International Evidence on Sectoral Interfuel Substitution
AbstractThis paper estimates interfuel substitution elasticities in selected developing and industrialized economies at the sector level. In doing so, it employs state-of-the-art techniques in microeconometrics, particularly the locally .exible normalized quadratic functional form, and provides evidence consistent with neoclassical microeconomic theory. The results indicate that the interfuel substitution elasticities are consistently below unity, revealing the limited ability to substitute between major energy commodities (i.e., coal, oil, gas, and electricity). We .nd that on average, industrial and residential sectors tend to exhibit higher potential for substitution between energy inputs as compared to the electricity generation and transportation sectors in all countries, with the United States being the only exception. In addition, we .nd that developed countries demonstrate higher potential for interfuel substitution in their industrial and transportation sectors as compared to the developing economies. The implication is that interfuel substitution depends on the structure of the economy, not the level of economic development. Moreover, higher changes in relative prices are needed than what we have already experienced to induce switching toward a lower carbon economy.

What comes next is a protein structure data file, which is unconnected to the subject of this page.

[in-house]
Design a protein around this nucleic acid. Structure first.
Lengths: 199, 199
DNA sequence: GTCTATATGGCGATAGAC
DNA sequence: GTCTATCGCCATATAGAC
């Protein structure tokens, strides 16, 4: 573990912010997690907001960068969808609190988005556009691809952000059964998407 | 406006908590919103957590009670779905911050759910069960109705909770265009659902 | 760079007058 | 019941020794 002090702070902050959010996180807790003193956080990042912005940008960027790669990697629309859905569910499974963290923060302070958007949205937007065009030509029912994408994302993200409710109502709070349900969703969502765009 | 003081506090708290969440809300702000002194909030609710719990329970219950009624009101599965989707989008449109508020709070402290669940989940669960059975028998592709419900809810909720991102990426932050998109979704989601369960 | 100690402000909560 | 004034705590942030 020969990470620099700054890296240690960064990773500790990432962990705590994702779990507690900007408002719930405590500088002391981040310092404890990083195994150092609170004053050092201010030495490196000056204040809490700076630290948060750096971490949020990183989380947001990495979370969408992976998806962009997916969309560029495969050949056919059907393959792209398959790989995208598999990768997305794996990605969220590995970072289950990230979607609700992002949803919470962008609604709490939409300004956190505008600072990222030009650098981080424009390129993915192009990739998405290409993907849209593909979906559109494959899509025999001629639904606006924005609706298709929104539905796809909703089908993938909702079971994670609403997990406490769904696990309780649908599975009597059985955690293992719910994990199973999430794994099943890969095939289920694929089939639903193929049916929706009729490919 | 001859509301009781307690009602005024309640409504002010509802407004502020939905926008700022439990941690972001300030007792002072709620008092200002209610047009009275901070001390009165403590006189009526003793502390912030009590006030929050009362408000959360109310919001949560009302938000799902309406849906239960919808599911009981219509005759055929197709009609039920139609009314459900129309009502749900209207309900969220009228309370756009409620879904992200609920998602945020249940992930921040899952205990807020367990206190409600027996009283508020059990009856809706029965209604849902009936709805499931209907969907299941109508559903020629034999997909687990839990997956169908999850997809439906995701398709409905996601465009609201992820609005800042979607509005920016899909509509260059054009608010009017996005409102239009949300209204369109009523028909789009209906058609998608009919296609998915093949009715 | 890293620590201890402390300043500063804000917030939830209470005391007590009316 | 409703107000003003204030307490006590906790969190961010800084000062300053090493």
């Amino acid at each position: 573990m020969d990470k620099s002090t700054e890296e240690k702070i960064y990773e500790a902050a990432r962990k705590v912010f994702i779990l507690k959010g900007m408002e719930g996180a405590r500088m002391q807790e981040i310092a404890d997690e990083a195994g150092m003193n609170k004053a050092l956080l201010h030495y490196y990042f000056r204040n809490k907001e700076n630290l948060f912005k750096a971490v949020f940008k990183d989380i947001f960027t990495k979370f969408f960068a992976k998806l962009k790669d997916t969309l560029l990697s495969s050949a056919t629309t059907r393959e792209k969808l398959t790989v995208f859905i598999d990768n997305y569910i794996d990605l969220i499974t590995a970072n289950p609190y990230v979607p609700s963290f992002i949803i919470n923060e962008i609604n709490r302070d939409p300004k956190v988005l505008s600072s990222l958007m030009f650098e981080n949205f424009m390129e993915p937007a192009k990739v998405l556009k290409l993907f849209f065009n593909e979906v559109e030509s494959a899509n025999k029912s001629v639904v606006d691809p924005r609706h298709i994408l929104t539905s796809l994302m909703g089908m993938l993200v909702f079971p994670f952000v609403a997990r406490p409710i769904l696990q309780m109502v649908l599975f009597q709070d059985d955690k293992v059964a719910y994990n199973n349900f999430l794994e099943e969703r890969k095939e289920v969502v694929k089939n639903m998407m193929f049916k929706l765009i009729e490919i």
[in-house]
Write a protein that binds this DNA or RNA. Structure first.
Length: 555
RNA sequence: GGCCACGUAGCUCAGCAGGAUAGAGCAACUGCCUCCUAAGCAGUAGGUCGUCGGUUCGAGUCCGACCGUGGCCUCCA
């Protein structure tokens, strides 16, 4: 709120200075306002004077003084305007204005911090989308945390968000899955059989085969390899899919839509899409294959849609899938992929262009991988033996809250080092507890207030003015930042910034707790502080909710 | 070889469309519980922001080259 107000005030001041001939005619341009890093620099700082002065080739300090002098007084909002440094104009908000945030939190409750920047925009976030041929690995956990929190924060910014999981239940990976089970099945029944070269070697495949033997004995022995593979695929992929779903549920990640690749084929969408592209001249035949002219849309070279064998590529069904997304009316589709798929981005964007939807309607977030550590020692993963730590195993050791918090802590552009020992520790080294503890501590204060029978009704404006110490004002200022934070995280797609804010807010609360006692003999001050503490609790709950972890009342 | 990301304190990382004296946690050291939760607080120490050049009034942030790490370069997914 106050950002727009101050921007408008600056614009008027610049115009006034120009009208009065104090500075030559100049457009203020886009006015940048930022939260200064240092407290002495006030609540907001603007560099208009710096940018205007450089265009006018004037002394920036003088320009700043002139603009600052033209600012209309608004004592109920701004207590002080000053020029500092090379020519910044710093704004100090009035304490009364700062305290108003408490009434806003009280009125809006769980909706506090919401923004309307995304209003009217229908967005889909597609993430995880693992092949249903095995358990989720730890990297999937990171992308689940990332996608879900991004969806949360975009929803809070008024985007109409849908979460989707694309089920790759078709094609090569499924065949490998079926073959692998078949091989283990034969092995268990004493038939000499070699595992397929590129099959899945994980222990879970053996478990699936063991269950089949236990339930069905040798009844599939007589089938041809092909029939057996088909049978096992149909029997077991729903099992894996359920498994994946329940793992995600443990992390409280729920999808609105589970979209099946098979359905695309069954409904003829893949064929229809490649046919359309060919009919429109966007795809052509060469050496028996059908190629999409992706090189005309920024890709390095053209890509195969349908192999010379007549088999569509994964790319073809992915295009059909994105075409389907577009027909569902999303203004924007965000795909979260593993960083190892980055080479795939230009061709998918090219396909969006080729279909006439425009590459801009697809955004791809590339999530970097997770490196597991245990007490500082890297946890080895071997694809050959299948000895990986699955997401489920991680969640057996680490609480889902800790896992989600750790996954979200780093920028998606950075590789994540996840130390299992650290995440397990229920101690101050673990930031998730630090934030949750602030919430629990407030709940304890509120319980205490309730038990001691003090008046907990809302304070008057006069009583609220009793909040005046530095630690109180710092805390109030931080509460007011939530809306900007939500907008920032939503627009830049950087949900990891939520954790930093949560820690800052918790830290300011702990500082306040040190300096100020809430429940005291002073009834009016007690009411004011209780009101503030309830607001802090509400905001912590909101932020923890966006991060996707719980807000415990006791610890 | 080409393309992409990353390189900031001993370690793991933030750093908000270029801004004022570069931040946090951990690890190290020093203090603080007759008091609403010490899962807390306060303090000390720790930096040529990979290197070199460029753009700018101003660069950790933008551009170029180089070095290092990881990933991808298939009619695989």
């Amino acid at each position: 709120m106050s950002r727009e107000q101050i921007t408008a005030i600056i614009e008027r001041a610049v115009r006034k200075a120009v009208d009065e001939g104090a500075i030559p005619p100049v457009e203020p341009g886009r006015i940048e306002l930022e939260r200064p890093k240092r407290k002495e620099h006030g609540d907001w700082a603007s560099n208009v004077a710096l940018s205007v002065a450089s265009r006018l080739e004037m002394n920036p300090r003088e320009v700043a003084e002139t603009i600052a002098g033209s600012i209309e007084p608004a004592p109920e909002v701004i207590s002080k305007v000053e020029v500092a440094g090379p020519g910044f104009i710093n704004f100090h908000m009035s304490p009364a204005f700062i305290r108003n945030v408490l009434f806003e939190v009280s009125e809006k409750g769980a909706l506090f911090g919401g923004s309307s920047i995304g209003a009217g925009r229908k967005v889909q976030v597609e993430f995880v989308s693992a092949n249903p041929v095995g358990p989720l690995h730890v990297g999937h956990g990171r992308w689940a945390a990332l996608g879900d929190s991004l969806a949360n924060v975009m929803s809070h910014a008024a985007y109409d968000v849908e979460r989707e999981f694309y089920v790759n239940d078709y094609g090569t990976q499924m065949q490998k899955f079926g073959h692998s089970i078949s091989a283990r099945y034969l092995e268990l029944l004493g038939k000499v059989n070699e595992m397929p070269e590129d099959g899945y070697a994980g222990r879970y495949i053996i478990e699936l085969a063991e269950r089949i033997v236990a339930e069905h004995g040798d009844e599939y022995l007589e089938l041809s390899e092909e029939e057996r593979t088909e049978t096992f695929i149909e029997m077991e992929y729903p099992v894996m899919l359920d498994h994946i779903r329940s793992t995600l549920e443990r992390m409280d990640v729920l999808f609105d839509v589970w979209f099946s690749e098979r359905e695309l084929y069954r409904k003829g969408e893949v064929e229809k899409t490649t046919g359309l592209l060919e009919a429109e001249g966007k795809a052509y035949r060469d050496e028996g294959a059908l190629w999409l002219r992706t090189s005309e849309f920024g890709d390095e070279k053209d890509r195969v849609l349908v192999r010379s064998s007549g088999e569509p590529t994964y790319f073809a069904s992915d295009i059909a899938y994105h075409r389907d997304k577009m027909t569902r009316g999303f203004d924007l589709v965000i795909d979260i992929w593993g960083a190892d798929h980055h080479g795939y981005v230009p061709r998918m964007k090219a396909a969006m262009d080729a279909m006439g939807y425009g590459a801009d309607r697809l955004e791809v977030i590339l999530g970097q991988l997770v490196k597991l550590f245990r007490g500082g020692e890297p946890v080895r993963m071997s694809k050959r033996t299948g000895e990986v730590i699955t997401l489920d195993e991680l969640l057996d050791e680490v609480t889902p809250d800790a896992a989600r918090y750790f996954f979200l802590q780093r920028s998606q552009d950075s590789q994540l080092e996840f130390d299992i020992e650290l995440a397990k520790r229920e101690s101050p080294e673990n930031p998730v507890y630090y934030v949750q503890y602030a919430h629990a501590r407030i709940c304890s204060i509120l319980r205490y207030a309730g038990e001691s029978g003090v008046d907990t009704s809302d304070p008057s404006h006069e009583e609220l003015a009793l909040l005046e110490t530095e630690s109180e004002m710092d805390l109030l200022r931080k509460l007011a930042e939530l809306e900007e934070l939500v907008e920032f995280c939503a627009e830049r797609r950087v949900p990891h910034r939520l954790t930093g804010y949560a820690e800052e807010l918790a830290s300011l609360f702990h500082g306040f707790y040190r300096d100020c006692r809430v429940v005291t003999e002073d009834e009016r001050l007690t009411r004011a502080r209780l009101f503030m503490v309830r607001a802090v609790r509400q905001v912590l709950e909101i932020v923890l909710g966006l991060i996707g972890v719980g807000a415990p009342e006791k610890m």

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Bibliographic InfoArticle provided by International Association for Energy Economics in its journal The Energy Journal.
Volume (Year): Volume 31 (2010)
Issue (Month): Number 4 ()
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- F0 - International Economics - - General
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- Christiane Baumeister & Gert Peersman, 2013.
"The Role Of Time‐Varying Price Elasticities In Accounting For Volatility Changes In The Crude Oil Market,"
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- Fattouh, Bassam & Kilian, Lutz & Mahadeva, Lavan, 2012. "The Role of Speculation in Oil Markets: What Have We Learned So Far?," CEPR Discussion Papers 8916, C.E.P.R. Discussion Papers.
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